http://www.yahoo.com/ > Image> Norovirus

Astrovirus [2, 3, 5]
The genus "Astrovirus" within the familiy of Astroviridae is divided into eight human species:
- human astrovirus 1 (HAstV-1) - human astrovirus 2 (HAstV-2) - human astrovirus 3 (HAstV-3) - human astrovirus 4 (HAstV-4) - human astrovirus 5 (HAstV-5) - human astrovirus 6 (HAstV-6) - human astrovirus 7 (HAstV-7) - human astrovirus 8 (HAstV-8)

Epidemiology: All ages especially the young and elderly. Adults in military barracks are most likely to develop the disease due to poor hygiene control.Worldwide endemic, common in tropical with rainy season

Transmission: contaminated food and water

Causes: gastroenteritis

Sign and symptoms: Diarrhea, vomiting, pain in stomach, dehydration

Virus can be transmitted when contaminated food and water has been consumed, the likelihood increases when food/water is not thoroughly cooked. In army, due to large amount of food required to prepare and the lack of fire source during jungle warfare, food/water may not be thoroughly cooked.


Filovirus [2]
There are two genera: the Ebola virus and Marburg virus. These viruses cause viral hemorrhagic fevers, characterized by bleeding and coagulation abnormalities, often leading to death. Natural reservoir of both the Marburg virus and the Ebola virus appears to be zoonotic. Infected individual symptoms may be mistaken for influenza, malaria, typhoid fever.


Marburg Virus [2]
Epidemiology: Africa, commonly transmitted by bats especially fruit bats

Transmission: disease is spread through bodily fluids, including blood, excrement, saliva, and vomit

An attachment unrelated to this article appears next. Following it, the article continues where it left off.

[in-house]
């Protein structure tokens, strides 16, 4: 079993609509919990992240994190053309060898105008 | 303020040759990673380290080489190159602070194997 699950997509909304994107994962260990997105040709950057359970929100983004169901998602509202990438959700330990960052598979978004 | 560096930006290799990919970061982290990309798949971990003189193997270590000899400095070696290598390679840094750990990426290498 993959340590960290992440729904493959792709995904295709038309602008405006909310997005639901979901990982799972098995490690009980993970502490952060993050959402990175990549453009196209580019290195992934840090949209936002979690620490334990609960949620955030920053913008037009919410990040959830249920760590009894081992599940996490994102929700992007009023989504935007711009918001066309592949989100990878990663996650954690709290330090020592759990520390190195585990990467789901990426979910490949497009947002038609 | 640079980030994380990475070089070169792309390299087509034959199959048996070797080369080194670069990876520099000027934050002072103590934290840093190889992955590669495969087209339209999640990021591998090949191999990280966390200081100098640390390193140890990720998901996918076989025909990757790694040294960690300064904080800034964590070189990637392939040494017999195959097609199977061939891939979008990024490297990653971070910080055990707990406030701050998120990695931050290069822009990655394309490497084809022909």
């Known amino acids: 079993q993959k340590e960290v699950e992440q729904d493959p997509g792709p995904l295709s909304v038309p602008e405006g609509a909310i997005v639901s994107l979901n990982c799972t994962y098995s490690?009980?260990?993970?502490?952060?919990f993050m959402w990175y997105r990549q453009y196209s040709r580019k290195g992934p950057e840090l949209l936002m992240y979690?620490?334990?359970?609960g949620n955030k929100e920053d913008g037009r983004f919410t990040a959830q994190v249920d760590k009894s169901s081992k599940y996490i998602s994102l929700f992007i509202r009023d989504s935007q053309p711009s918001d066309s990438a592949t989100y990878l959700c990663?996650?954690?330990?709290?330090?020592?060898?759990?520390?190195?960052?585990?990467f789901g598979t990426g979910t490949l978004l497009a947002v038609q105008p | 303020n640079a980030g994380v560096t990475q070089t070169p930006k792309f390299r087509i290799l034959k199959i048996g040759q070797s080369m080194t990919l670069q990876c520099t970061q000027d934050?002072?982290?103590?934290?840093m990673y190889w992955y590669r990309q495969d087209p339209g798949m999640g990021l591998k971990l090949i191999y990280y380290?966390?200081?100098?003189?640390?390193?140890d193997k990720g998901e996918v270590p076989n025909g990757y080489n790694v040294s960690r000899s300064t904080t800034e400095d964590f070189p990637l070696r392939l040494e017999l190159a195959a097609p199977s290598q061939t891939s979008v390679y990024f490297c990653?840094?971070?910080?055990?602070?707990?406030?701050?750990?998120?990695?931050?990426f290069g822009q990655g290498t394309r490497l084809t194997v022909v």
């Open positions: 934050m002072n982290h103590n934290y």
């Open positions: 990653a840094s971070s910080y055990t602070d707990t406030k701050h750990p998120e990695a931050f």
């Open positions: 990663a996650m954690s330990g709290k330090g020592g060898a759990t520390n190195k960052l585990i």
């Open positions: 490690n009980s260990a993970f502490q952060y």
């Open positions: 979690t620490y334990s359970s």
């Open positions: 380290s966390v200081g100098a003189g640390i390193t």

Causes: Marburg haemorrhagic fever.

Sign and symptoms: Early stage: fever, headache and myalgia maculopapular rash present on the trunk. Later-stage: is acute and causes jaundice, pancreatitis, weight loss, delirium and neuropsychiatric symptoms, haemorrhaging, hypovolemic shock and multi-organ dysfunction, with liver failure.


Ebola Virus [2]
Epidemiology: Africa, commonly transmitted by animals e.g. monkeys, bats especially fruit bats

Transmission: airborne, from infected animals to human, human to human transmission is rare.

Causes: Ebola haemorrhagic fever.

Sign and symptoms: Early stage: high fever, severe headache, muscle, joint, or abdominal pain, severe weakness and exhaustion, sore throat, nausea, and dizziness. Later-stage: diarrhea, dark or bloody feces, vomiting blood, red eyes due to distention and hemorrhage of sclerotic arterioles, petechia, maculopapular rash, and purpura.

During jungle warfare, the soldiers are exposed to wide variety of wild animals e.g. monkey and bats. The animals may be infected with the virus and transmit it to the soldiers thus infecting them. Therefore, the occurrence of filovirus infection is rather high.


References

1. Levinson, W. (2006). Review of Medical Microbiology & Immunology. San Francisco, California: Lange Medical Books/McGraw-Hill publishing company
2. Murray, P.R. (2002). Medical Microbiology. St. Louis, Missouri: Mosby Inc.
3. Elliott T., Hasting M. and Desselberger U. (1997). Lecture Notes on Medical Microbiology. Blackwell Science,Oxford
4. Walker, T.S. (1998). Microbiology. Philadelphia, Pennsylvannia: W.B Saunders Company
5. Brook G. F., Butel J. S. and Morse S. A. (1998). Jawetz, Melnick & Adelberg’s Medical Microbiology. Prentice Hall International Inc., United States of America
6. http://www.mayoclinic.com/ > search> SARS
7. http://www.sarsreference.com/
8. http://www.wikipedia.org/ > search influenza
9. http://www.wikipedia.org/ > search > avian flu
10. http://www.wikipedia.org/ > search > adenovirus
11. http://www.wikipedia.org/ > search hepatitis
12. http://www.wikipedia.org/ > search > rabies

Done by:
Eugene and Phuiyuen, TG02